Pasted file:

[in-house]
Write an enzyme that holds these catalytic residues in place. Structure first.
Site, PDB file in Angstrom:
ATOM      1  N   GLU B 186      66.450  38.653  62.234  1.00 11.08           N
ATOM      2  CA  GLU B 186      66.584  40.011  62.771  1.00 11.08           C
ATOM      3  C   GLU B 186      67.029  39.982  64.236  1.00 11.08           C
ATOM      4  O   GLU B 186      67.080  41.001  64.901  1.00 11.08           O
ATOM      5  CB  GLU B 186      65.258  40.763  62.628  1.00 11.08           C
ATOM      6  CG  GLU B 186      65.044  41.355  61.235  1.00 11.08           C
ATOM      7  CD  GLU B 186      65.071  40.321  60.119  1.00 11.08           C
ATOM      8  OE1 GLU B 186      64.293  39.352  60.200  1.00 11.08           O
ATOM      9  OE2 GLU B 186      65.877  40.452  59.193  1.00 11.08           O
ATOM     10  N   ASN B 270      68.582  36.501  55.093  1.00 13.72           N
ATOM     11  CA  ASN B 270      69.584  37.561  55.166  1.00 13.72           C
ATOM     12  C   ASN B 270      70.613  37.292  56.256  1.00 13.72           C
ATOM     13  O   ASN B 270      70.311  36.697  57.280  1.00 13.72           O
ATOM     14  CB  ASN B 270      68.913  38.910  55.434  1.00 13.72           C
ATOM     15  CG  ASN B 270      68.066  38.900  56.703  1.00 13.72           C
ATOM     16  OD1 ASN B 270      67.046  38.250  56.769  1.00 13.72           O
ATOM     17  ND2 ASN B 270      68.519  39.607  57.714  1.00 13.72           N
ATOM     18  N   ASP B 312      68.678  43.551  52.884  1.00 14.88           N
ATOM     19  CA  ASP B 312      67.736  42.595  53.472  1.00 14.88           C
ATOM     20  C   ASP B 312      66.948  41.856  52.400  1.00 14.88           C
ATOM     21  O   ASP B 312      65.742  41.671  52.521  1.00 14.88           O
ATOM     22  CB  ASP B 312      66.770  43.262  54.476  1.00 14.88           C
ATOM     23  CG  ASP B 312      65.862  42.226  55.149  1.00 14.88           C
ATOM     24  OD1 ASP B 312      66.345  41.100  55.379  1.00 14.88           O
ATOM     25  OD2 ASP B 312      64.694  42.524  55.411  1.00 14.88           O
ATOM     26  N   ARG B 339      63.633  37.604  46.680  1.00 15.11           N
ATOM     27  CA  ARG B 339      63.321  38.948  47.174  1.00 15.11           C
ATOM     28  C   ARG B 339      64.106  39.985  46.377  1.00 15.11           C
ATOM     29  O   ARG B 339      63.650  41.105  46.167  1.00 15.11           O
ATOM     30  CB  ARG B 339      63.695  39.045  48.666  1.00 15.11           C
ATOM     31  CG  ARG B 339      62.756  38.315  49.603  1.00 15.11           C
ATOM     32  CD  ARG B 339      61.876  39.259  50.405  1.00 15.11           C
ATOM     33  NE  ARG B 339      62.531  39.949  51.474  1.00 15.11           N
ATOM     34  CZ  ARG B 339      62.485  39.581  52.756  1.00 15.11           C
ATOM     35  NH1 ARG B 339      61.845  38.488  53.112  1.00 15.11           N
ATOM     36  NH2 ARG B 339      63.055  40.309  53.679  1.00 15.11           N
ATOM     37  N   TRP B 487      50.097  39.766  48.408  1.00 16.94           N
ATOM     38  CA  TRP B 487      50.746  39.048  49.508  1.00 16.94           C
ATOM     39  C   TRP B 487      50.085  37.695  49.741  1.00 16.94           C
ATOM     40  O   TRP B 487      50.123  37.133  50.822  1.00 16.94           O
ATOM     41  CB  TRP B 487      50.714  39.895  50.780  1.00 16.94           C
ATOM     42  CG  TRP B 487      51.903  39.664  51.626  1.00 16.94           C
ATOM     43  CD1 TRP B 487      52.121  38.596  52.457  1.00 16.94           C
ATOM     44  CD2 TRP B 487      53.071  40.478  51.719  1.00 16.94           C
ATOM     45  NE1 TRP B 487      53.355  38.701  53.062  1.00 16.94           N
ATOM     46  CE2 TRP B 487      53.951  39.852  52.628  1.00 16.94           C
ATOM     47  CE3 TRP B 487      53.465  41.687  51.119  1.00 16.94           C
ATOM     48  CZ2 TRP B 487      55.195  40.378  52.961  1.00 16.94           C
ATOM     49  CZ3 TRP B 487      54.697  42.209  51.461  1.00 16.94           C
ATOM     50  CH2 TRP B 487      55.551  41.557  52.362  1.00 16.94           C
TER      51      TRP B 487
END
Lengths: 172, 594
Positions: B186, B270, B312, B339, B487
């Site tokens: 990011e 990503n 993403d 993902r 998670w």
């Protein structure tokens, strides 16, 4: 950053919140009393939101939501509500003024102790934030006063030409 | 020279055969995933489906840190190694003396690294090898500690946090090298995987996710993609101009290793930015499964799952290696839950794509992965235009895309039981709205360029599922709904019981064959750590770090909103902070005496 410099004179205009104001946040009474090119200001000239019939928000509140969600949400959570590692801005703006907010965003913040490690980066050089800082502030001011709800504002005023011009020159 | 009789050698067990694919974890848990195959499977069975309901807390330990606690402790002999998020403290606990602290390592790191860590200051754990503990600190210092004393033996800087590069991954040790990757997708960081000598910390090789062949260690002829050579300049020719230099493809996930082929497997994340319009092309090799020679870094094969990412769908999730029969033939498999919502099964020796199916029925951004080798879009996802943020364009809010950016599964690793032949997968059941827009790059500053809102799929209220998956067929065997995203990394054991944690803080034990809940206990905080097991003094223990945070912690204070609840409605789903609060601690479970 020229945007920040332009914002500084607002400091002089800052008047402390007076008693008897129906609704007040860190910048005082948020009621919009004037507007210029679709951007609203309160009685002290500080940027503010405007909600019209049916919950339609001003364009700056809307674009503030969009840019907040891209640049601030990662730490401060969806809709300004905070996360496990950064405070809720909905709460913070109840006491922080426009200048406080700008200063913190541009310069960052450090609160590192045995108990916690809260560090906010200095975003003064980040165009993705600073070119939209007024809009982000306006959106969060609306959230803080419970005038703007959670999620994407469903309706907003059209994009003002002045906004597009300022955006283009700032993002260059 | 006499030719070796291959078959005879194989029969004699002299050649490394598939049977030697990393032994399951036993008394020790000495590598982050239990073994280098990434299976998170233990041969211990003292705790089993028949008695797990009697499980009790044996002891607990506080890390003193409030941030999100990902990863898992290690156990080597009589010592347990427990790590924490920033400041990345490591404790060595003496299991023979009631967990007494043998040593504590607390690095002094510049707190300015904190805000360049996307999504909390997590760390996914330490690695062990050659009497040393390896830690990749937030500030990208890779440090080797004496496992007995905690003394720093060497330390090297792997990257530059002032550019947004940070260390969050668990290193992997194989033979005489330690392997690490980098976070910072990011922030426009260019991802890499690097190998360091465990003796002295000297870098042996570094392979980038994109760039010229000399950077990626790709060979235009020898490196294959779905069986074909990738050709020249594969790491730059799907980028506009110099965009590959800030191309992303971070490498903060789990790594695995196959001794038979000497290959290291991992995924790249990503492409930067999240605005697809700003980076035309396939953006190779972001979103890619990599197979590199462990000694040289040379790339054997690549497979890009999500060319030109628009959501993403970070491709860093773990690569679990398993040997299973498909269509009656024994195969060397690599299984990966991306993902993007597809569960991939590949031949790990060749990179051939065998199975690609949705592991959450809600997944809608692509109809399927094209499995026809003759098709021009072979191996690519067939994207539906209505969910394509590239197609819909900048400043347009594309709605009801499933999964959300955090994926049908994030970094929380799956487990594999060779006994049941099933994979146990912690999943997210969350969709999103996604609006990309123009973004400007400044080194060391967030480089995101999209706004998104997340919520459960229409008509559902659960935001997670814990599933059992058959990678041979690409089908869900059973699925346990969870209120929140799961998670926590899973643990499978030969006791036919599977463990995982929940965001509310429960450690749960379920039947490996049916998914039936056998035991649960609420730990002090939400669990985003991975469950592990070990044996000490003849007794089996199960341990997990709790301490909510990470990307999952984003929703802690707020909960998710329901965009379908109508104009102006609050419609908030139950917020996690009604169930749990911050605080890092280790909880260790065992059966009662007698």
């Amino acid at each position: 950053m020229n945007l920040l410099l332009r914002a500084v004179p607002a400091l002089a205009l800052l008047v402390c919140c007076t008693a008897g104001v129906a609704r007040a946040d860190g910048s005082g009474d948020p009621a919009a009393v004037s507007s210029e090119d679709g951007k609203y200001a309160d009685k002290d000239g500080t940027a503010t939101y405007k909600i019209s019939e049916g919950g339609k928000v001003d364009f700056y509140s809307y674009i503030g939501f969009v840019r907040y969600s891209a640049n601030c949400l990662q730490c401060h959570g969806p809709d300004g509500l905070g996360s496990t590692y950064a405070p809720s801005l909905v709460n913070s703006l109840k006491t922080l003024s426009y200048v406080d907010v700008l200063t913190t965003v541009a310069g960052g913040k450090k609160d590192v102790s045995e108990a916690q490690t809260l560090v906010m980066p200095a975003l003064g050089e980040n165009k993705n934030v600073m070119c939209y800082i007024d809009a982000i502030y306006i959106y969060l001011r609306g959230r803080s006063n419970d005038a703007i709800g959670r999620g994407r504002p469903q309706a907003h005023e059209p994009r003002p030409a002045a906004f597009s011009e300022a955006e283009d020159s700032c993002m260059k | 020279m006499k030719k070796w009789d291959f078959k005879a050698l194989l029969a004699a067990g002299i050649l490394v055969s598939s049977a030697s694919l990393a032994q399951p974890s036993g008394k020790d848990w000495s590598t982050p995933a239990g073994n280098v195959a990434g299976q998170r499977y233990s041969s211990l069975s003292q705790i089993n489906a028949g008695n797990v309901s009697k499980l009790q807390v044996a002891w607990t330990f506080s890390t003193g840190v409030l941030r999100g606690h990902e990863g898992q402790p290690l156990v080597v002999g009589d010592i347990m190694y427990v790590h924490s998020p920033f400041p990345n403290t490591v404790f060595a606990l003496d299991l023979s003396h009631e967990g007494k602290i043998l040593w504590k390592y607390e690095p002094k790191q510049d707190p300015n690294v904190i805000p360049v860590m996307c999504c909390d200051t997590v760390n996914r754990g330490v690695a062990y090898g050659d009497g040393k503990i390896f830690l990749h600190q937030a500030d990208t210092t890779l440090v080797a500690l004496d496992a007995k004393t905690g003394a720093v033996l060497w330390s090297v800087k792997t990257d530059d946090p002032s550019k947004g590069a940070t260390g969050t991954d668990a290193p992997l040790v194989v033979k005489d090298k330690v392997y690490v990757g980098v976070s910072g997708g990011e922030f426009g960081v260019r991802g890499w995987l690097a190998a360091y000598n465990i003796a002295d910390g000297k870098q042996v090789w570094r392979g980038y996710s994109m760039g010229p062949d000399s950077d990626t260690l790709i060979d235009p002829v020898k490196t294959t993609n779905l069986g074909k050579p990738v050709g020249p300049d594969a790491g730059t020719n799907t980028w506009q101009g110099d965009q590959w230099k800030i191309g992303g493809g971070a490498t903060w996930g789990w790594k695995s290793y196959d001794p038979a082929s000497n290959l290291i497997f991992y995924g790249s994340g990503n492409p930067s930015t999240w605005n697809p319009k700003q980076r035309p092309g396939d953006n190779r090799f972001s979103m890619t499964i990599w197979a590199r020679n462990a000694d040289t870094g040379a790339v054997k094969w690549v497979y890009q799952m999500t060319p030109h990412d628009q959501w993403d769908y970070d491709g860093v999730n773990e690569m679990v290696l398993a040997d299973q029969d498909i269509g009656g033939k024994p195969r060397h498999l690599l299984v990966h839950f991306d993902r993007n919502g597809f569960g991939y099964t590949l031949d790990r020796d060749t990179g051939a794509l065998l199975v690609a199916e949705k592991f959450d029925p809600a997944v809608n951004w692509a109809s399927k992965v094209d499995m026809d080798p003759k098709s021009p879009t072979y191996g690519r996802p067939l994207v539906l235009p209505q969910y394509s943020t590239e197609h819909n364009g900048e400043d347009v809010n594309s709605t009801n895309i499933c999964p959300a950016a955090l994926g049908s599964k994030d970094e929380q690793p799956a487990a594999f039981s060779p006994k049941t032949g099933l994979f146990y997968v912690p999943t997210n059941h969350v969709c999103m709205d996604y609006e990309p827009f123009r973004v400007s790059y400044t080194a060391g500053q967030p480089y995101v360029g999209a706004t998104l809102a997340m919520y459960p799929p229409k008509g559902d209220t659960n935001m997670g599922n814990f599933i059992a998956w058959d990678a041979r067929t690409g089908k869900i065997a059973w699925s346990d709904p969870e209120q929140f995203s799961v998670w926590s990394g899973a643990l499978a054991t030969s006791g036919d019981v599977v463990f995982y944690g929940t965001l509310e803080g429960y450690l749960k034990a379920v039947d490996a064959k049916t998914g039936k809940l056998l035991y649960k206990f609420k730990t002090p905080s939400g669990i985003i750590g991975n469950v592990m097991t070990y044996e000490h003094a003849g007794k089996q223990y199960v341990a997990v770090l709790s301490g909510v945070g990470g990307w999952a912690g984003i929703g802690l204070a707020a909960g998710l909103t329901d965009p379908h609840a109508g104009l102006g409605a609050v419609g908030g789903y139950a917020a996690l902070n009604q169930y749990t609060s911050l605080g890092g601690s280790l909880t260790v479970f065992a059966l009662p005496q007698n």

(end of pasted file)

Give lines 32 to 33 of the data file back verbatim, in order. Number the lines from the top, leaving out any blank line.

ATOM     29  O   ARG B 339      63.650  41.105  46.167  1.00 15.11           O
ATOM     30  CB  ARG B 339      63.695  39.045  48.666  1.00 15.11           C